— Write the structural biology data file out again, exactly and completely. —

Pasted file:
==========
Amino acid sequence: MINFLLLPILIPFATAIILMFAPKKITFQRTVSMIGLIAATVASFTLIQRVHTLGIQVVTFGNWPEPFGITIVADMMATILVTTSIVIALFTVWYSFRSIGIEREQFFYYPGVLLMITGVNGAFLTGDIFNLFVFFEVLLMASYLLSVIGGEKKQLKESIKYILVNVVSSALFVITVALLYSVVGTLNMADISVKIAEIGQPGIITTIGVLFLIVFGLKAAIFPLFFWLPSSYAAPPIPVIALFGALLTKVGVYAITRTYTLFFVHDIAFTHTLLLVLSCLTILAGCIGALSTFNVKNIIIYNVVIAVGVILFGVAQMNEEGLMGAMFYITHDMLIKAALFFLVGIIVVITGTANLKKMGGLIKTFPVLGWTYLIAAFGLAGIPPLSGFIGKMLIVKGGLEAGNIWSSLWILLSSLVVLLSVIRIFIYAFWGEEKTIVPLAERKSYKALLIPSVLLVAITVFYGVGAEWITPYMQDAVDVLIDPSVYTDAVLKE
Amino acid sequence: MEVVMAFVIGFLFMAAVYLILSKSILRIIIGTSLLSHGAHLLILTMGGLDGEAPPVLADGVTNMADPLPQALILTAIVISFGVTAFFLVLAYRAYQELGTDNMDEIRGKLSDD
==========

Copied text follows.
Amino acid sequence: MINFLLLPILIPFATAIILMFAPKKITFQRTVSMIGLIAATVASFTLIQRVHTLGIQVVTFGNWPEPFGITIVADMMATILVTTSIVIALFTVWYSFRSIGIEREQFFYYPGVLLMITGVNGAFLTGDIFNLFVFFEVLLMASYLLSVIGGEKKQLKESIKYILVNVVSSALFVITVALLYSVVGTLNMADISVKIAEIGQPGIITTIGVLFLIVFGLKAAIFPLFFWLPSSYAAPPIPVIALFGALLTKVGVYAITRTYTLFFVHDIAFTHTLLLVLSCLTILAGCIGALSTFNVKNIIIYNVVIAVGVILFGVAQMNEEGLMGAMFYITHDMLIKAALFFLVGIIVVITGTANLKKMGGLIKTFPVLGWTYLIAAFGLAGIPPLSGFIGKMLIVKGGLEAGNIWSSLWILLSSLVVLLSVIRIFIYAFWGEEKTIVPLAERKSYKALLIPSVLLVAITVFYGVGAEWITPYMQDAVDVLIDPSVYTDAVLKE
Amino acid sequence: MEVVMAFVIGFLFMAAVYLILSKSILRIIIGTSLLSHGAHLLILTMGGLDGEAPPVLADGVTNMADPLPQALILTAIVISFGVTAFFLVLAYRAYQELGTDNMDEIRGKLSDD